Bluetooth Alternative

One of the coolest news to grace the front pages of most tech blogs is Boris Smus’ latest discovery. Boris Smus is one of Google’s highly esteemed engineers who found a way to utilize ultrasonic sounds in making your devices connect with one another. The other good thing is that Smus is using a Google Chrome tool which is the Web Audio API users can easily download from the browser.

The Desire for An Alternative

According to Boris Smus, the ultrasonic networking idea came from his desire to discover new and better alternatives to the already existing connectivity features we have like Wi-Fi, NFC and Bluetooth. These features actually allow devices that share the same air space and those who are within range of one another to connect, exchange and share various kinds of data. Smus was further motivated by the hurdles users often face when using these connectivity features, like the issue of compatibility. Since we currently have thousands of different mobile devices, the chance that they are not compatible with each other is rather high. It will be a real challenge to find common ground between these devices. For example, two distinct devices may both have Bluetooth features but one of them may call for a profile or technical requirement that the other device does not support. Variations in versions also become major considerations for pairing devices through Bluetooth.

  • The Journey to Ultrasonic

Smus also took it upon himself to come up with a JavaScript library that enabled devices to exchange sounds; this is easier than with any other file type since most devices sport speakers and microphones. To showcase the great potential of his work, Smus also came up with a couple of demo web applications with one app for sending emoticons from one gadget to another. Meanwhile, the other web app is responsible for pairing the devices and allows users to chat and communicate via a cloud-based service. It is important to note that the demo web applications Smus created require for if not the latest, at least an updated version of Google Chrome for desktop computers and Chrome beta for mobile devices. Since mobile devices are not totally optimized to host and facilitate ultrasonic sounds, the exchange of messages between two devices may require users to utilize a more audible mode. Yes, you can now use your device’s speakers and mikes other than for VoIP calls or Facetime.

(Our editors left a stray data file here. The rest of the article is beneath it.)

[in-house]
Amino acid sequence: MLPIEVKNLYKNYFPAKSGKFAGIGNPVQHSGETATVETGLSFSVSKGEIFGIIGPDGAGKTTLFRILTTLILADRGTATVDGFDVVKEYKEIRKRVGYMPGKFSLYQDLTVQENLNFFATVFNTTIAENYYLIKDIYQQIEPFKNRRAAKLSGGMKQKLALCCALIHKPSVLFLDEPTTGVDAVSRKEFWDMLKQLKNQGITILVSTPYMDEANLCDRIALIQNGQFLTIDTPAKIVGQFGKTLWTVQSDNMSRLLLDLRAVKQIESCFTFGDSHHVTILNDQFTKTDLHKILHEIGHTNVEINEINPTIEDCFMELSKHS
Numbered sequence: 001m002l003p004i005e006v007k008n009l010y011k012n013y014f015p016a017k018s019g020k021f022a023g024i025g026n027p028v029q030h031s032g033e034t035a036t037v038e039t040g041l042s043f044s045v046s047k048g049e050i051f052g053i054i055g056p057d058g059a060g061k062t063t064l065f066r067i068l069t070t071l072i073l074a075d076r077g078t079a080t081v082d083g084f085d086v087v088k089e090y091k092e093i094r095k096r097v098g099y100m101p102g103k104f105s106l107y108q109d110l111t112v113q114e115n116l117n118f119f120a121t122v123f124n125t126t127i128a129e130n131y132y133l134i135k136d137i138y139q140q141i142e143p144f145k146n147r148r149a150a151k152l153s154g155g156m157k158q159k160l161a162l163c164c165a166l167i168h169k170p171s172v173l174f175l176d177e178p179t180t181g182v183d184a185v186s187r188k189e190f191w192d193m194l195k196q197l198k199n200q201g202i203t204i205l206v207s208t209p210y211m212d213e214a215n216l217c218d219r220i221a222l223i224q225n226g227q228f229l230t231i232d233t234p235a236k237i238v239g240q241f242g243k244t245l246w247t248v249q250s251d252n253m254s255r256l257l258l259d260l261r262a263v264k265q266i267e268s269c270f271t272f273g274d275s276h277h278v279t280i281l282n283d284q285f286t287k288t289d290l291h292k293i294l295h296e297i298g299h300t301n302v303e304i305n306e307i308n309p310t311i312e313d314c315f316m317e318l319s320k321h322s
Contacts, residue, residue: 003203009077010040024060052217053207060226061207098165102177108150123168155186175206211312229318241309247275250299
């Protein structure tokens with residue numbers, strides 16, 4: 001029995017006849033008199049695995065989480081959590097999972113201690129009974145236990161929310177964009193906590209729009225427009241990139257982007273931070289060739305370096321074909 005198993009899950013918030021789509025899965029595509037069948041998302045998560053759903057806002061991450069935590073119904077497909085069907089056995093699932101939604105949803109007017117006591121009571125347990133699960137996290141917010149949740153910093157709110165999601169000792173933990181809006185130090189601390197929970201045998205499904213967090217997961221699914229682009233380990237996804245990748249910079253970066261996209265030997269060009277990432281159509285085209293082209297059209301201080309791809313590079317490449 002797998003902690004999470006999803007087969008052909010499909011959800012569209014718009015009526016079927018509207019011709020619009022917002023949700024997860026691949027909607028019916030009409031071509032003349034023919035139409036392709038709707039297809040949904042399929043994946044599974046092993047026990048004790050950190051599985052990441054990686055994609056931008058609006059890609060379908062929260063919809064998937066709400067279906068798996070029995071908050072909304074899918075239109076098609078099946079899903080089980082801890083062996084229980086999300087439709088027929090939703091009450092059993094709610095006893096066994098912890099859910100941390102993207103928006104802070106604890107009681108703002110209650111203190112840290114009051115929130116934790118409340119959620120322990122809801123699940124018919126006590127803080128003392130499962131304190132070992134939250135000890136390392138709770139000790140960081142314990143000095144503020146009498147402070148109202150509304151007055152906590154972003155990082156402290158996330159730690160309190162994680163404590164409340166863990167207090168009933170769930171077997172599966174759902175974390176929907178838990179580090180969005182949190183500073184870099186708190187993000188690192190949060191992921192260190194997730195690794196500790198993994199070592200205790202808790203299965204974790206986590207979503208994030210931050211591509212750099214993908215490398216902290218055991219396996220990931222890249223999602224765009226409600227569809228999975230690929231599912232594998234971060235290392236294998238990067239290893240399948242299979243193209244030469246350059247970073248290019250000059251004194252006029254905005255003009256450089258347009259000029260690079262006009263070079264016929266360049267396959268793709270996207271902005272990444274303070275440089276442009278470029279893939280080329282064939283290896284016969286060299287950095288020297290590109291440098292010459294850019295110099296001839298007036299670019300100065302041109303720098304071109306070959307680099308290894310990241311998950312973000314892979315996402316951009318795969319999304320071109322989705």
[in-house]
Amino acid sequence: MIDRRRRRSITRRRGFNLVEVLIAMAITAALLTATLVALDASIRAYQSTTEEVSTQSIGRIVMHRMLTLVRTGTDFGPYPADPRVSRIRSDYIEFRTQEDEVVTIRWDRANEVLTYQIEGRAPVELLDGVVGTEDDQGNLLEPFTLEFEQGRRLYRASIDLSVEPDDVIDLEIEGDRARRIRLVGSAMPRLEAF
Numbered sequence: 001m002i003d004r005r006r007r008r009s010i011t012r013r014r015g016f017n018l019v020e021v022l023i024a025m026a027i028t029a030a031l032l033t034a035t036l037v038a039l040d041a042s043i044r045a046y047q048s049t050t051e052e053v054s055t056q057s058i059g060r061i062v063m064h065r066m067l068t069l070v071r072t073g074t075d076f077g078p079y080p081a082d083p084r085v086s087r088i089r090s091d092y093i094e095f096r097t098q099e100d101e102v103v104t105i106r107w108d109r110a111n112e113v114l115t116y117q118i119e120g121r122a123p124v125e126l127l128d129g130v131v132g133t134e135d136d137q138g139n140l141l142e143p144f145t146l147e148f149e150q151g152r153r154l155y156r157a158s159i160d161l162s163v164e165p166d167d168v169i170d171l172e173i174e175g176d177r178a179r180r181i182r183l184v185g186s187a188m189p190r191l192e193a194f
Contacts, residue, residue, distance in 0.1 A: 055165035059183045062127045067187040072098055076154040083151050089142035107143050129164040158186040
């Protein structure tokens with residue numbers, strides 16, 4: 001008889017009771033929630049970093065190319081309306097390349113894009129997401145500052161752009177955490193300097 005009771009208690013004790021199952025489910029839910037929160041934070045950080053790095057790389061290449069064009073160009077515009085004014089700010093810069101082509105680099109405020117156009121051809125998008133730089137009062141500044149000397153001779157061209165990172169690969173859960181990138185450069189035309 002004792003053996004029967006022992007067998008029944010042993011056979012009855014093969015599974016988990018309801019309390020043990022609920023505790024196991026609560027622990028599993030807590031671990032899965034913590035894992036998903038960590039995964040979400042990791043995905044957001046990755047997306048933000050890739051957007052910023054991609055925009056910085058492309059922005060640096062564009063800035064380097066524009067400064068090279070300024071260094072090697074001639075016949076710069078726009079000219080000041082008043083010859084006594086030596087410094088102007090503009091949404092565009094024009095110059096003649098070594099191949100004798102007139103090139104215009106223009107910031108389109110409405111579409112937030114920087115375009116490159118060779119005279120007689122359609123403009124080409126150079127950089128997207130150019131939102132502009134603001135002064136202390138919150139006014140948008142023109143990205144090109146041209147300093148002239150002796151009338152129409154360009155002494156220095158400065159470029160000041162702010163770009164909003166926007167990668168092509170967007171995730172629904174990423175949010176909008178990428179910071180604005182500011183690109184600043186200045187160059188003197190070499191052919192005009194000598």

There is one limitation, though. The translation of data into an audio format may limit the user’s bandwidth. When Smus was asked about this limitation, he related that there is indeed a deep-rooted tradeoff between the reliability of transfer and the bandwidth. To ensure that no error occurs while transmitting the data, it will be better to spend or allot a longer time for the transmission of every bit of data. He furthered that the major point in all of this is to prove that it can actually be done with the open web and commodity hardware. Although he was happy with the end result of his hard work and extensive research, Smus believes that this can still be improved with the aid of better and more sophisticated DSP approaches which can possibly yield anywhere near hundreds of bits per second.

Bandwidth matters. It can truly hasten a transmission process but with what Smus has in mind, users can make do with minimal bandwidth. Once two devices have been paired, all sorts of data can then be transmitted to a cloud-based service. Smus’ discovery is a great tool that can ease up the process of sharing files and data but users must be very careful with this technology and any kinds of technology that has something to do with sharing files as cyberspace is a fickle world.

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Tyrone is a freelance writer who’s had extensive experience in the Outreach Program. This time he brings his extensive Writing expertise to Business and Technology. The articles he posts will surely be informative and comprehensive especially for individuals who are in dire need of these resources. He writes to cater impressive pool of different clients.

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